Node.js on Ubuntu

What is Node.js?

Node.js is a brilliant platform for creating network applications. It is mainly known for its non-blocking I/O and event driven system. In simple terms, Node.js can easily handle a large number of requests while simultaneously consuming lesser server memory. These are the attributes make Node.js a better than other languages and platforms.

Why use Node.js?

Node.js comes with a built in HTTP server library. This means it doesn’t require the help of any external piece of software to act as a web server. Using Node.js alone one can have greater control of the web server parameters.

We will be installing Node.js on Ubuntu using Chris Lea PPA. The PPA will keep you will up-to-date to the latest stable version of Node.js depending on your Ubuntu release, The PPA might also download required dependencies depending on you Ubuntu install type.

There is a naming conflict with the node package (Amateur Packet Radio Node Program), and the nodejs binary has been renamed from node to nodejs. You’ll need to symlink /usr/bin/node to /usr/bin/nodejs or you could uninstall the Amateur Packet Radio Node Program to avoid that conflict.

Lets get it up and running!

  • You need to update you local repository database by entering the command below.sudo apt-get update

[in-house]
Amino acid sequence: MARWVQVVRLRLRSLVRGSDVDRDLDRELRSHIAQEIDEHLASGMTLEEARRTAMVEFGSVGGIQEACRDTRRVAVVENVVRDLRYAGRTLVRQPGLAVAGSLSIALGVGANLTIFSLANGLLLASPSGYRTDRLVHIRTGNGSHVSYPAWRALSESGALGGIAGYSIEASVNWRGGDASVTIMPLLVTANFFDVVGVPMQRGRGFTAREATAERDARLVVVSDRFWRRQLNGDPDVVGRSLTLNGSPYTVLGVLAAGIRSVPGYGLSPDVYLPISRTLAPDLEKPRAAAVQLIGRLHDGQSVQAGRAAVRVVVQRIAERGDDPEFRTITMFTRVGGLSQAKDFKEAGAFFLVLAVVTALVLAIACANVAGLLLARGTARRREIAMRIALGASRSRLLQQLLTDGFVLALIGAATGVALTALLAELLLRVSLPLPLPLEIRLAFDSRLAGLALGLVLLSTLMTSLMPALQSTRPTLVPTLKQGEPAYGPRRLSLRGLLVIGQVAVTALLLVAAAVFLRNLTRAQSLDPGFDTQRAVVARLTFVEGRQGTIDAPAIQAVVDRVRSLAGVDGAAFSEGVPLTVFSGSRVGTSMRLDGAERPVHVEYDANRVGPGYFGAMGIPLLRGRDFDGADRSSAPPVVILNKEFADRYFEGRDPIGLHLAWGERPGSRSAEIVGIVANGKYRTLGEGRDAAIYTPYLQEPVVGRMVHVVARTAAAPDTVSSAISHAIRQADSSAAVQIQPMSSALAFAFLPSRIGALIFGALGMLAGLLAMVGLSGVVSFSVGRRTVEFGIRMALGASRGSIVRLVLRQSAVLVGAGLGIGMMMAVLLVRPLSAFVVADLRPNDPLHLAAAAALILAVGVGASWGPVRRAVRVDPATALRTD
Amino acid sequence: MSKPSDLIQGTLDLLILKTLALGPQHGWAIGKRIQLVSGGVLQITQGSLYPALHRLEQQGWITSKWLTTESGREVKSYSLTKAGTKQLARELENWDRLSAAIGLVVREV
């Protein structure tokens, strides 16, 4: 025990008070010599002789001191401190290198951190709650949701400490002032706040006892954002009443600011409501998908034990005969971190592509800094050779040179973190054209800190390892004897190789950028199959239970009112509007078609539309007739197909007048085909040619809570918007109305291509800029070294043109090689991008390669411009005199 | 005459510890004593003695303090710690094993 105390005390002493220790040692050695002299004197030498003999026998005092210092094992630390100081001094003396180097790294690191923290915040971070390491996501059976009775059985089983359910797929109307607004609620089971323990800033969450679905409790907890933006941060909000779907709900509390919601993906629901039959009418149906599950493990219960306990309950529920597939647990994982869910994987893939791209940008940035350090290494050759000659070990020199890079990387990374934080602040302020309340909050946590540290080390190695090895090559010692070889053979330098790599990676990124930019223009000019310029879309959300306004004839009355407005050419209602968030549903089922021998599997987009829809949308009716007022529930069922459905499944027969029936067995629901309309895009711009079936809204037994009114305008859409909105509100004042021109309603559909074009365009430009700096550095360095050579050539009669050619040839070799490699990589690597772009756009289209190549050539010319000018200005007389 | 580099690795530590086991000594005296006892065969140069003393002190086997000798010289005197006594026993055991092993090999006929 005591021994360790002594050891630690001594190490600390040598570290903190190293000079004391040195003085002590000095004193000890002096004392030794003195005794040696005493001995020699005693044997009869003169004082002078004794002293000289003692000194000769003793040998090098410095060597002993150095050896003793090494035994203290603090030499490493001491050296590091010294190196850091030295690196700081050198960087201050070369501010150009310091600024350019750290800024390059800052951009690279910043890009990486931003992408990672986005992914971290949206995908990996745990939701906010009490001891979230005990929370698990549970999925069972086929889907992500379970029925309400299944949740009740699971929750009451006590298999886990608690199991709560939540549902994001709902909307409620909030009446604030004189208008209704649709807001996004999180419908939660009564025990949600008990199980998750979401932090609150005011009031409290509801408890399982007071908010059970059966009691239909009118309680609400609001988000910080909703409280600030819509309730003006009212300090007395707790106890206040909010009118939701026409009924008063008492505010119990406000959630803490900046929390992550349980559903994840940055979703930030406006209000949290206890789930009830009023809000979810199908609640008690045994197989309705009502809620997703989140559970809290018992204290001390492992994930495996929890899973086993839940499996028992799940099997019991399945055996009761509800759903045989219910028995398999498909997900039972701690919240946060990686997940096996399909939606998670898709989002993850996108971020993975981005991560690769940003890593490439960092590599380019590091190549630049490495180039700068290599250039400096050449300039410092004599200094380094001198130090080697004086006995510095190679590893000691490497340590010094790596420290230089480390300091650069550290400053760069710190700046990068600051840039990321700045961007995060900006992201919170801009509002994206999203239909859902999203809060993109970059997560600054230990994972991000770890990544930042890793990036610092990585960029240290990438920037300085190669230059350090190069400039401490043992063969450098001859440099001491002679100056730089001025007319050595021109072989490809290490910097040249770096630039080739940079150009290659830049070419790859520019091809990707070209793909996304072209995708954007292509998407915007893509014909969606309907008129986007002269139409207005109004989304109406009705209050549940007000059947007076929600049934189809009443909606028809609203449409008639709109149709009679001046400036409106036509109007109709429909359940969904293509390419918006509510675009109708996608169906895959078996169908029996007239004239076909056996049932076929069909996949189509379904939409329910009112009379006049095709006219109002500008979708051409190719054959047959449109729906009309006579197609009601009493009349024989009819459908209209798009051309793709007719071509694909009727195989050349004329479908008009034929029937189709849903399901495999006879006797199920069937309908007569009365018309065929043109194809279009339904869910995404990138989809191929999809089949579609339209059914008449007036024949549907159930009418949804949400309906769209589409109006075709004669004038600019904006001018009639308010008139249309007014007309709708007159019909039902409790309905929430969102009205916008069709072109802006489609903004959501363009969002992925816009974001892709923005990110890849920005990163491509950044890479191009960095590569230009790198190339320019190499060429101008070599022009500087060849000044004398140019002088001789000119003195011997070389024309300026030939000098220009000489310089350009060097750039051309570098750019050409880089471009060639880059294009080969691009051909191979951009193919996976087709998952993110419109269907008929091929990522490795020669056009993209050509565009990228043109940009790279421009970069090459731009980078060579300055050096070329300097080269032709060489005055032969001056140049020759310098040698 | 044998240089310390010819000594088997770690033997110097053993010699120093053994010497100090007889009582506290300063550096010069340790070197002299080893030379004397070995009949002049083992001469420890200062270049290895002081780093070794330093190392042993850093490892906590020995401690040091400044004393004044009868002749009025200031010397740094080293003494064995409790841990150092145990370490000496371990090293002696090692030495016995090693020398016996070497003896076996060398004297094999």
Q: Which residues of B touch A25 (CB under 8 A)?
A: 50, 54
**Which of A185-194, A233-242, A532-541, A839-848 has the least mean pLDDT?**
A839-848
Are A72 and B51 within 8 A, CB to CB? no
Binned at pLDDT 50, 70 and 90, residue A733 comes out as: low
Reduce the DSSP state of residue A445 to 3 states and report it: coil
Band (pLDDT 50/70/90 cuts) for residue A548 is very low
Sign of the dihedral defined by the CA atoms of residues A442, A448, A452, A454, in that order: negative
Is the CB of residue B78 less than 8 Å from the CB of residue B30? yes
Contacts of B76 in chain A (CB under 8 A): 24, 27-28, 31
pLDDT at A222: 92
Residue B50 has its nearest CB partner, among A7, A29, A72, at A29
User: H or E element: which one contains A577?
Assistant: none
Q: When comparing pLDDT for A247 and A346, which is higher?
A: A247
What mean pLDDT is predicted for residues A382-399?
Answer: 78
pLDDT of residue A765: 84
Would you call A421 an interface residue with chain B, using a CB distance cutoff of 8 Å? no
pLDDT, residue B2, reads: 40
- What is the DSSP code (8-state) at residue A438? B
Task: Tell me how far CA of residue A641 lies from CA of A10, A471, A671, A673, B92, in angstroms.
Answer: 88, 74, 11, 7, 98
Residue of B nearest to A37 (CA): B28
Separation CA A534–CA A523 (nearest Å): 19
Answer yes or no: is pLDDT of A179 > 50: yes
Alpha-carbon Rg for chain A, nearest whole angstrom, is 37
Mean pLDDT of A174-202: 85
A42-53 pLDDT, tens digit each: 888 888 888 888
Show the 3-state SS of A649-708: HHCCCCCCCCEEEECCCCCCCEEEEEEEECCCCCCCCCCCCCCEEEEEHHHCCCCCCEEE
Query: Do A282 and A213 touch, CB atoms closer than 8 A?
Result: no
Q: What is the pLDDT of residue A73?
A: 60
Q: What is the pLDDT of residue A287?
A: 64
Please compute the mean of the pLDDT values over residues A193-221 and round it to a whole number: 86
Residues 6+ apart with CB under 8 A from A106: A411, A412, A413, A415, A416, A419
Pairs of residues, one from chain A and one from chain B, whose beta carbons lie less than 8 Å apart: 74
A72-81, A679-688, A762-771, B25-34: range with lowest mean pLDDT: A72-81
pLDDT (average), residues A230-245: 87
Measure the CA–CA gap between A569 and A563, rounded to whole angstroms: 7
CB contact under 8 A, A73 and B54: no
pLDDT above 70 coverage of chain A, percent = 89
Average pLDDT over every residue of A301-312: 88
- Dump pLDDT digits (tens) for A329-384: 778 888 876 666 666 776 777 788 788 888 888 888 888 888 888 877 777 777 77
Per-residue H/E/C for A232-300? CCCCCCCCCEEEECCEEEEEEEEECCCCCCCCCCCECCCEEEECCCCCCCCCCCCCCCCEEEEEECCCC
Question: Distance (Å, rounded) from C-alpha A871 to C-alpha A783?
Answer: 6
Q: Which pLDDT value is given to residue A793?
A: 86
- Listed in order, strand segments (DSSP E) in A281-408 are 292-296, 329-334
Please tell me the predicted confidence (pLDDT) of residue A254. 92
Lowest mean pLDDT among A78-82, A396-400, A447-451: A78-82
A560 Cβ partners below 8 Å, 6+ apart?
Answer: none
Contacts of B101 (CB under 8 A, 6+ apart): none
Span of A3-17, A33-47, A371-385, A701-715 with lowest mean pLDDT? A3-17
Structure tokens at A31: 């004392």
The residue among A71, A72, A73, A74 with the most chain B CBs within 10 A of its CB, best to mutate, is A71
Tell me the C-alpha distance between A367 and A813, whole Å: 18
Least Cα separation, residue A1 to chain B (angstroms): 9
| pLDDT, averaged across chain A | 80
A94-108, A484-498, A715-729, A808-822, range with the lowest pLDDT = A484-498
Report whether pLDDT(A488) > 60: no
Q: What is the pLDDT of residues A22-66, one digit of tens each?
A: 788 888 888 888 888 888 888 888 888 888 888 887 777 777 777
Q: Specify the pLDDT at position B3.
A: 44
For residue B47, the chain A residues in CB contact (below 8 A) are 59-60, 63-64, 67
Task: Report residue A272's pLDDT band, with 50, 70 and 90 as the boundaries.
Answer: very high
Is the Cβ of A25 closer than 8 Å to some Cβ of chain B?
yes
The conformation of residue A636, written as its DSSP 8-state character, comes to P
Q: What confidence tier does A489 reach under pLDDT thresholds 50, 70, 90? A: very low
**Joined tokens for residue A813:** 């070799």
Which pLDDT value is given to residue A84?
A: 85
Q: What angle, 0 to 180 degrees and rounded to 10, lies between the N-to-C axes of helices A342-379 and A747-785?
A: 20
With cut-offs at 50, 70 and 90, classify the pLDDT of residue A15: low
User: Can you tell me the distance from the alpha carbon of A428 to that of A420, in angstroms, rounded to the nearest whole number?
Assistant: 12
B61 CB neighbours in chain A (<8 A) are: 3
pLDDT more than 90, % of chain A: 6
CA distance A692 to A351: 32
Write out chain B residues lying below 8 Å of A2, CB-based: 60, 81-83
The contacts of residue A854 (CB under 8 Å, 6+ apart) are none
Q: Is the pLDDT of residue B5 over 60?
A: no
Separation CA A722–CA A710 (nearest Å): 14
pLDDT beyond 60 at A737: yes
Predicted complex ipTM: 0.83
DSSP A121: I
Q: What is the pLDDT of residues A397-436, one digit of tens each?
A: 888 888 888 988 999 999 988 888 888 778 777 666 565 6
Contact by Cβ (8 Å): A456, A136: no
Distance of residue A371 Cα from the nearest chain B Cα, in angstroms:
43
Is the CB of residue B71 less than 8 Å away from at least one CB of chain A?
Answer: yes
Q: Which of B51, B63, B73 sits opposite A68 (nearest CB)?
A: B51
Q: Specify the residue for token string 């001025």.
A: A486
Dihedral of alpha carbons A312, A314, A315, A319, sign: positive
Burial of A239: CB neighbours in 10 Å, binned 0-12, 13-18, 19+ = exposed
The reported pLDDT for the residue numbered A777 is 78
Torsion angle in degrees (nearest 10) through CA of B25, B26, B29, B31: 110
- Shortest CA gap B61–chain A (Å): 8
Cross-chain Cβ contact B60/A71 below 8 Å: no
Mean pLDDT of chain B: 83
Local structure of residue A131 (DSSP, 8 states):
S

• Adding the PPA.sudo add-apt-repository ppa:chris-lea/node.js
  • Re-updating the local repository database to add the PPA to the local repository database.sudo apt-get update
  • Installing Node.js using the PPA

This will also install NPM.

sudo apt-get install nodejs  

Writing you first Node.js App.

  • We need to create a file named app.js. app is the name .js stands for javascript file. js is always used to specify that the file is a javascript file.
  • Add the lines given below.
var http = require("http"); 
server = http.createServer(function (request, response) { 
 console.log("New request. Request url:" + request.url);
 response.writeHead(200, {"Content-Type":"text/plain"});
 response.end("Hello!");
});

server.listen(3000); 
console.log("Starting Node.js server"); 
console.log("Running at 127.0.0.1:3000");

You can visit http://127.0.0.1:3000 to see the app in action.

Now we have Node.js installed on Ubuntu. If you have any problem feel free to leave a comment below.

Author: Darryl

I am a self-taught programmer and CG Artist, I write on programming and 3D Animation, tips, and tricks and my experience with things, sometimes I write content on demand if the topic interests me. I love sharing knowledge,

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